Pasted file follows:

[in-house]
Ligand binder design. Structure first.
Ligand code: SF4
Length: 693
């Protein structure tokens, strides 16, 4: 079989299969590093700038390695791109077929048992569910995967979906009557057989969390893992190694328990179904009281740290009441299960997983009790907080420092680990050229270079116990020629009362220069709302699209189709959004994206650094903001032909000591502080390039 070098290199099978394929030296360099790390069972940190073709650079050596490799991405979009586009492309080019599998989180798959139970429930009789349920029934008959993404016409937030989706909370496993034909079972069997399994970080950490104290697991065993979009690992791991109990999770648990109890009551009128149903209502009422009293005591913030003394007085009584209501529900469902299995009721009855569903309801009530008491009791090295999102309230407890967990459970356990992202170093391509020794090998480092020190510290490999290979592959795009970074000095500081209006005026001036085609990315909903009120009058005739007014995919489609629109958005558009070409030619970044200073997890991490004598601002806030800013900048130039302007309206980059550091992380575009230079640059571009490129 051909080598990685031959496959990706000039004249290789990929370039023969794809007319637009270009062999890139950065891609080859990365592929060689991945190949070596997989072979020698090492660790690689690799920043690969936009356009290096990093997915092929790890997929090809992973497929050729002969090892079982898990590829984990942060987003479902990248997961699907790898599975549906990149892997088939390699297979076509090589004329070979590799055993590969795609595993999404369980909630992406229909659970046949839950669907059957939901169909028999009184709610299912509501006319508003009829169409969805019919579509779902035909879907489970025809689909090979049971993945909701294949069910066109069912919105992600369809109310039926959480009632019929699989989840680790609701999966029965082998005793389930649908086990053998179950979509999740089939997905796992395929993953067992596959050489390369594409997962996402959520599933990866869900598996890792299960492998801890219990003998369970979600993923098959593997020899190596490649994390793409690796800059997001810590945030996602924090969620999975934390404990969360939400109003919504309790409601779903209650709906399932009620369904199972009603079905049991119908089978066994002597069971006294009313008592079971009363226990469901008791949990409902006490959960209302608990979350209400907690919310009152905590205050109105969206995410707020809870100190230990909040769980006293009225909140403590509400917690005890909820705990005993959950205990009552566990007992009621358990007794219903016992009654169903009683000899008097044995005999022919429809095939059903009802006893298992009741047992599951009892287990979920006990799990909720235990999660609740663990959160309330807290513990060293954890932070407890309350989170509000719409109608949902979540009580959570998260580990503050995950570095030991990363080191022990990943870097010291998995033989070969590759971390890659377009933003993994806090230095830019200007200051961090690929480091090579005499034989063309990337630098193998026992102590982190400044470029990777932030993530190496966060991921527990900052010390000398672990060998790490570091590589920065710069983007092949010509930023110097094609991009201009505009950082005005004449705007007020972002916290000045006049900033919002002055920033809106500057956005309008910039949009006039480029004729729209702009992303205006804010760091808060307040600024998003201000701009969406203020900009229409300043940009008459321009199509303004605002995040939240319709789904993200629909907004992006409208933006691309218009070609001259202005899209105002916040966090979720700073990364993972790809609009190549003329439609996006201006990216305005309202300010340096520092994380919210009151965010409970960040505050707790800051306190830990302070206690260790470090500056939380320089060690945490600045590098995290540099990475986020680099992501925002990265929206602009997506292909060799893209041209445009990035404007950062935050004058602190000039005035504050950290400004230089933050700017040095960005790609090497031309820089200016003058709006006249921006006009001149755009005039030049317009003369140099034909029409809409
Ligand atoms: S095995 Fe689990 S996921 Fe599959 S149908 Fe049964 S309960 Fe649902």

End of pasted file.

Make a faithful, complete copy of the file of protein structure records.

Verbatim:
[in-house]
Ligand binder design. Structure first.
Ligand code: SF4
Length: 693
């Protein structure tokens, strides 16, 4: 079989299969590093700038390695791109077929048992569910995967979906009557057989969390893992190694328990179904009281740290009441299960997983009790907080420092680990050229270079116990020629009362220069709302699209189709959004994206650094903001032909000591502080390039 070098290199099978394929030296360099790390069972940190073709650079050596490799991405979009586009492309080019599998989180798959139970429930009789349920029934008959993404016409937030989706909370496993034909079972069997399994970080950490104290697991065993979009690992791991109990999770648990109890009551009128149903209502009422009293005591913030003394007085009584209501529900469902299995009721009855569903309801009530008491009791090295999102309230407890967990459970356990992202170093391509020794090998480092020190510290490999290979592959795009970074000095500081209006005026001036085609990315909903009120009058005739007014995919489609629109958005558009070409030619970044200073997890991490004598601002806030800013900048130039302007309206980059550091992380575009230079640059571009490129 051909080598990685031959496959990706000039004249290789990929370039023969794809007319637009270009062999890139950065891609080859990365592929060689991945190949070596997989072979020698090492660790690689690799920043690969936009356009290096990093997915092929790890997929090809992973497929050729002969090892079982898990590829984990942060987003479902990248997961699907790898599975549906990149892997088939390699297979076509090589004329070979590799055993590969795609595993999404369980909630992406229909659970046949839950669907059957939901169909028999009184709610299912509501006319508003009829169409969805019919579509779902035909879907489970025809689909090979049971993945909701294949069910066109069912919105992600369809109310039926959480009632019929699989989840680790609701999966029965082998005793389930649908086990053998179950979509999740089939997905796992395929993953067992596959050489390369594409997962996402959520599933990866869900598996890792299960492998801890219990003998369970979600993923098959593997020899190596490649994390793409690796800059997001810590945030996602924090969620999975934390404990969360939400109003919504309790409601779903209650709906399932009620369904199972009603079905049991119908089978066994002597069971006294009313008592079971009363226990469901008791949990409902006490959960209302608990979350209400907690919310009152905590205050109105969206995410707020809870100190230990909040769980006293009225909140403590509400917690005890909820705990005993959950205990009552566990007992009621358990007794219903016992009654169903009683000899008097044995005999022919429809095939059903009802006893298992009741047992599951009892287990979920006990799990909720235990999660609740663990959160309330807290513990060293954890932070407890309350989170509000719409109608949902979540009580959570998260580990503050995950570095030991990363080191022990990943870097010291998995033989070969590759971390890659377009933003993994806090230095830019200007200051961090690929480091090579005499034989063309990337630098193998026992102590982190400044470029990777932030993530190496966060991921527990900052010390000398672990060998790490570091590589920065710069983007092949010509930023110097094609991009201009505009950082005005004449705007007020972002916290000045006049900033919002002055920033809106500057956005309008910039949009006039480029004729729209702009992303205006804010760091808060307040600024998003201000701009969406203020900009229409300043940009008459321009199509303004605002995040939240319709789904993200629909907004992006409208933006691309218009070609001259202005899209105002916040966090979720700073990364993972790809609009190549003329439609996006201006990216305005309202300010340096520092994380919210009151965010409970960040505050707790800051306190830990302070206690260790470090500056939380320089060690945490600045590098995290540099990475986020680099992501925002990265929206602009997506292909060799893209041209445009990035404007950062935050004058602190000039005035504050950290400004230089933050700017040095960005790609090497031309820089200016003058709006006249921006006009001149755009005039030049317009003369140099034909029409809409
Ligand atoms: S095995 Fe689990 S996921 Fe599959 S149908 Fe049964 S309960 Fe649902």